EVALUATION OF AN ADAPTIVE DEEP GEOLOGIC REPOSITORY LAYOUT IN CRYSTALLINE GEOSPHERE
3rd Canadian Nuclear Waste Management Decommissioning and Environmental Restoration - 2016 Sept. 11-14


Presented at:
3rd Canadian Nuclear Waste Management Decommissioning and Environmental Restoration
2016 Sept. 11-14
Location:
Ottawa, Canada
Session Title:
Session W2: APM Repository Design & Safety Case

Authors:
J. Carvalho (Golder Associates Ltd.)
A.S. Zivkovic (Nuclear Waste Management Organization)
C. Ferrer (Nuclear Waste Management Organization)
  

Abstract

The Nuclear Waste Management Organization (NWMO) is responsible for implementing Adaptive Phased Management (APM); the approach selected by the Government of Canada for long-term management of Canada’s used nuclear fuel.

The Canadian program is in the conceptual stages and layouts have been advanced to facilitate communication about the disposal concept, but without the benefit of having a specific site identified as the host for the repository. The Canadian layouts to date have assumed that a large enough homogeneous and isotropic domain of rock will be available to host the repository; therefore the layouts tend to be of very regular geometries and compact. Other countries, such as Finland and Sweden, have identified their hosting locations which exhibit crystalline geosphere conditions. They started the development of adaptive (flexible) site- specific underground layouts capable of adjusting to encountered structural anisotropy. When viewed from this angle, it is possible that a number of Canadian candidate sites in crystalline geosphere would exhibit similar features. With this recognition, NWMO has started the development of adaptive layouts.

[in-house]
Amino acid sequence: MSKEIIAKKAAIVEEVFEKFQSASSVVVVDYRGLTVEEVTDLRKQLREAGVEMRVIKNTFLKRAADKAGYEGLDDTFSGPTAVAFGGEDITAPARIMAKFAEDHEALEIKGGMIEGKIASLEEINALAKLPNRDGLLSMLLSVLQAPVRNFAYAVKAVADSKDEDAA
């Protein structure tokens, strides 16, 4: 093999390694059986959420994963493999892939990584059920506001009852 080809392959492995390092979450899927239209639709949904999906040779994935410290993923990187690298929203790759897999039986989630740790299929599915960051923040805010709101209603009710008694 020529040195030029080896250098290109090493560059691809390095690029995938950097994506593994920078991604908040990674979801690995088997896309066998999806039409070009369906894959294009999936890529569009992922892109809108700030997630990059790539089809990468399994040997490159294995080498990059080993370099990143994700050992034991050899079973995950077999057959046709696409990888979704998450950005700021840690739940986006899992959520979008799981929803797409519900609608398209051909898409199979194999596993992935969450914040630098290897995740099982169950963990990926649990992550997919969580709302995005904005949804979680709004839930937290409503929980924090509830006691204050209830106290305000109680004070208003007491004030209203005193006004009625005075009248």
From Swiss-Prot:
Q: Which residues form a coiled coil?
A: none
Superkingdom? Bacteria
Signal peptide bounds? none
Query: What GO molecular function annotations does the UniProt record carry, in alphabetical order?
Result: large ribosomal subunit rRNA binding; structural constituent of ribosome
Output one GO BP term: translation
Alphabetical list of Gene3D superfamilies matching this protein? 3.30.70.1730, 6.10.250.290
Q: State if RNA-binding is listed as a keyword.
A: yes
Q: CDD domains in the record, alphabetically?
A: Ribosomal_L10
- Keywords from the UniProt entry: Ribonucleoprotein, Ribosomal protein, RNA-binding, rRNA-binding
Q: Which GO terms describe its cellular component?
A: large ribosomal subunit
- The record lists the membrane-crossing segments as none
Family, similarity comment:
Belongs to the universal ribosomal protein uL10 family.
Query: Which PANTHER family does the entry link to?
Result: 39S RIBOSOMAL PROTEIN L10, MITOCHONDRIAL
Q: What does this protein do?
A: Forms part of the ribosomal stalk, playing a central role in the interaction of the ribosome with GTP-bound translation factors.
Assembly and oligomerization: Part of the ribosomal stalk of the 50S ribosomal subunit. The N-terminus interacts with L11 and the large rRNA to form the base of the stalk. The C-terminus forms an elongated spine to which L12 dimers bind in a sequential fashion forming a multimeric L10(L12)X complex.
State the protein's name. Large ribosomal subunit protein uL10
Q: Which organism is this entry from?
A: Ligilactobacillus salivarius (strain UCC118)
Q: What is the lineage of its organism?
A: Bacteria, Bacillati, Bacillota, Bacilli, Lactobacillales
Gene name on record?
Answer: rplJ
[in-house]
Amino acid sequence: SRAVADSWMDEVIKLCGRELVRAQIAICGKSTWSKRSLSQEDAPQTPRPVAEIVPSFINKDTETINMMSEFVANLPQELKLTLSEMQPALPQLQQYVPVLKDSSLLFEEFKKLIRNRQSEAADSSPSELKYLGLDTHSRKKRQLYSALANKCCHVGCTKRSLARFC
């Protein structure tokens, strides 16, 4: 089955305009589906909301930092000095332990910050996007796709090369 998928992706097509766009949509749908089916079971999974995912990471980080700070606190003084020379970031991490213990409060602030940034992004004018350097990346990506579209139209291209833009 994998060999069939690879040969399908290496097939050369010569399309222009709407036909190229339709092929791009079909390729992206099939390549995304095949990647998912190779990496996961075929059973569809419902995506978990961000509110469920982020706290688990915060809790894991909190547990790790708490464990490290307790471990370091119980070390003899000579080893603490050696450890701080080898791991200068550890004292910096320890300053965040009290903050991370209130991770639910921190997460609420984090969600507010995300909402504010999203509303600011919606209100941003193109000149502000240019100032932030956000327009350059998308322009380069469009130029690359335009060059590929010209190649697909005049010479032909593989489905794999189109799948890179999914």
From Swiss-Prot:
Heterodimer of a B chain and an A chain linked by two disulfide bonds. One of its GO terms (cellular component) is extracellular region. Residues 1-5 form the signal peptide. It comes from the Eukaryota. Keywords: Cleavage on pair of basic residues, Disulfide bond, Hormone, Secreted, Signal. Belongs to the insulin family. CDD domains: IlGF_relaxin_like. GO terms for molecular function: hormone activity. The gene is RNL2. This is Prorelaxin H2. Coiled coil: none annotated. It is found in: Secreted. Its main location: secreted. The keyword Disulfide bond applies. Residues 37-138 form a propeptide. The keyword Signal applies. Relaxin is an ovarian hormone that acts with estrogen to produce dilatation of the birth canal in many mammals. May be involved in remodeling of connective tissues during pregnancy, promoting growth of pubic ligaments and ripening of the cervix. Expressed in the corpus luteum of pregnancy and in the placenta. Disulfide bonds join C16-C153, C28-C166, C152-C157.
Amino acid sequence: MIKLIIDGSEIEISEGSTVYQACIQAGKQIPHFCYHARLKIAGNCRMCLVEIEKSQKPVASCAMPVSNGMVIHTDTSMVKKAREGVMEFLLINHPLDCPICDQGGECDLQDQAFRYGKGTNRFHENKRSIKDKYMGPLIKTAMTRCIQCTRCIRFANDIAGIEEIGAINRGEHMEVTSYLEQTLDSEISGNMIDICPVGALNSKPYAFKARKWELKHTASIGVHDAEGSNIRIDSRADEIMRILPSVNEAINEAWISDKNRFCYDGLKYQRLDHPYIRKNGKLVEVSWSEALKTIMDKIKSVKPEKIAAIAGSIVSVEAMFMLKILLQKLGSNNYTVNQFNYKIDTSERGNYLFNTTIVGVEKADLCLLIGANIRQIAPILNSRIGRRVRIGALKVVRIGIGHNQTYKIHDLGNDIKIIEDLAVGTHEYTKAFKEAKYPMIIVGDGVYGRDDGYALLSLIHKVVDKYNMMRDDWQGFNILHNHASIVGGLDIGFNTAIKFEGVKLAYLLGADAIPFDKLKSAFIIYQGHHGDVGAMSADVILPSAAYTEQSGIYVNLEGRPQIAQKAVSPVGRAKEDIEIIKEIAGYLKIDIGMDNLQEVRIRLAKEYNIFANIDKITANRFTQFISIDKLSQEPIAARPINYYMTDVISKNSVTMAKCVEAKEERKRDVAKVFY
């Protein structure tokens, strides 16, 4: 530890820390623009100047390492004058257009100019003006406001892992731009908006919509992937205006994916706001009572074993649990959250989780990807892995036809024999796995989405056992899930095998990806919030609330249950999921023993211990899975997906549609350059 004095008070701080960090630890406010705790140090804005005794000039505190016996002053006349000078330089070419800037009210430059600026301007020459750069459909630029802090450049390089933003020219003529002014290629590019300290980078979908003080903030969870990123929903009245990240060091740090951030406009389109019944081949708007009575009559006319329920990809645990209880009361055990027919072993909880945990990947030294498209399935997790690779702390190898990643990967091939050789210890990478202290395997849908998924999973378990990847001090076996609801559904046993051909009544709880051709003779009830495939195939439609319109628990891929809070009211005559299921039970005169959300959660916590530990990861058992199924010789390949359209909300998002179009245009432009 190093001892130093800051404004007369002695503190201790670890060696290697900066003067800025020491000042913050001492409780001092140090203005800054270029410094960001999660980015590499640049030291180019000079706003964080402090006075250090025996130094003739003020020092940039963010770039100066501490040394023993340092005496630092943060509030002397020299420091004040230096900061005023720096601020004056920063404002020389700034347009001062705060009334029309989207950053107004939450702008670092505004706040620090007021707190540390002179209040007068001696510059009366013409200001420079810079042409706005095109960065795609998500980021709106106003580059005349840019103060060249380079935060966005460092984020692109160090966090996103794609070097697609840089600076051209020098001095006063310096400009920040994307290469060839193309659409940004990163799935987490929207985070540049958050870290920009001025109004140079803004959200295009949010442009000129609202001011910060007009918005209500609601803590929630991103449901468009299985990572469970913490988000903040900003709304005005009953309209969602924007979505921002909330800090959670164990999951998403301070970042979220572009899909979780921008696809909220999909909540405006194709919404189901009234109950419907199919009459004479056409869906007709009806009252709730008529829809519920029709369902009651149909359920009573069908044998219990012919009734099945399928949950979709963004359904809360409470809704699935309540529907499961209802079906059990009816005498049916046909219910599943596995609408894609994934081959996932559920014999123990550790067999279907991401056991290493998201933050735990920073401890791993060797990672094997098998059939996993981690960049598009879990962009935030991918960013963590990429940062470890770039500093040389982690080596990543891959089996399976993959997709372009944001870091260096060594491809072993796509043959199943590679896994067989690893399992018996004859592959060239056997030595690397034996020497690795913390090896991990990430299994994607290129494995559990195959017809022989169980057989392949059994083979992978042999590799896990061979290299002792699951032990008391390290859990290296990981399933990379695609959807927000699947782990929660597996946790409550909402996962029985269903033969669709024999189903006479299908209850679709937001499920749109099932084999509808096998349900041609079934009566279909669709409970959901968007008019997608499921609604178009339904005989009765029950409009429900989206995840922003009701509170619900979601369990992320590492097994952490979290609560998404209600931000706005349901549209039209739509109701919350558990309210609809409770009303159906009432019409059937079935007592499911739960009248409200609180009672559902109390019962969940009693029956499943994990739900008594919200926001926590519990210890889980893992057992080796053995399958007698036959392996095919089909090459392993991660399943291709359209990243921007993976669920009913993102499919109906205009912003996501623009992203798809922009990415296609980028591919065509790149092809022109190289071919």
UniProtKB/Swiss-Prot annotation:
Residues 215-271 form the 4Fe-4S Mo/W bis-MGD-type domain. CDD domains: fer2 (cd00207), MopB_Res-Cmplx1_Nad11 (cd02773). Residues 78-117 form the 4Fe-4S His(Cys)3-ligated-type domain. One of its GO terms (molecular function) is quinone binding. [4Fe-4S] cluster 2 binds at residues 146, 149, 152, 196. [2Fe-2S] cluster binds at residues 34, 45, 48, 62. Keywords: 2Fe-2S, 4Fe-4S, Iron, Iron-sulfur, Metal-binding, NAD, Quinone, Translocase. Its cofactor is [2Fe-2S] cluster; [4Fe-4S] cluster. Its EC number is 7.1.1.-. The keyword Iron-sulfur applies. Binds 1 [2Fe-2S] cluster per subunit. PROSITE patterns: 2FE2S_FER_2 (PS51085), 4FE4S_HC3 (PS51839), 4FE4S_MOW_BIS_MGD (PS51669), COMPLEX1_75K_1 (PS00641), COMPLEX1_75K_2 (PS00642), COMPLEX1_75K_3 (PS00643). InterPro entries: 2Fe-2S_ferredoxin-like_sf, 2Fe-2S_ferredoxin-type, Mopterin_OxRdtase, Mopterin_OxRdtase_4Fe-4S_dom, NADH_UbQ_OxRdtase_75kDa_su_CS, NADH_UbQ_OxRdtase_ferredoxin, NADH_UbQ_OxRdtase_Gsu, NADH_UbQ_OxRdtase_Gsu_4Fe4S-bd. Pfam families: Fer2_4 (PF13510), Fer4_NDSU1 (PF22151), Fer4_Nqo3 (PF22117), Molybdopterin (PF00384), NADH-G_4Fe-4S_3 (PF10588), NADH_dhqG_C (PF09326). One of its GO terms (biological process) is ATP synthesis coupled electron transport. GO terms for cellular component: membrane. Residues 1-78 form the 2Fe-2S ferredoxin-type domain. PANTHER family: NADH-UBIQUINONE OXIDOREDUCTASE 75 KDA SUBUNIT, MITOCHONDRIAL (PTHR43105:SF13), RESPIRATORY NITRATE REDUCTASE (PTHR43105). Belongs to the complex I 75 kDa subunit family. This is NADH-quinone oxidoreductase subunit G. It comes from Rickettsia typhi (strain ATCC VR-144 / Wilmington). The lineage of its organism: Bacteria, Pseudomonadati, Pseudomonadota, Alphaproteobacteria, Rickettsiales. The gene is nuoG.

This paper presents the results of the first comparative study between the base case (regular and compact) and more adaptive layouts applied to a hypothetical Canadian crystalline geosphere. The Pugh Matrix (opportunity analysis) suitable for early design stages is used for comparative studies taking into consideration various factors including cost, schedule, site characterization requirements, constructability, operational flexibility, maintainability, operational safety and long-term safety, etc. It was concluded that the concepts represented in the adaptive layout offer advantages in relation to flexibility, schedule, post closure safety and thermal performance that may justify a deviation from the base case once a site has been selected.

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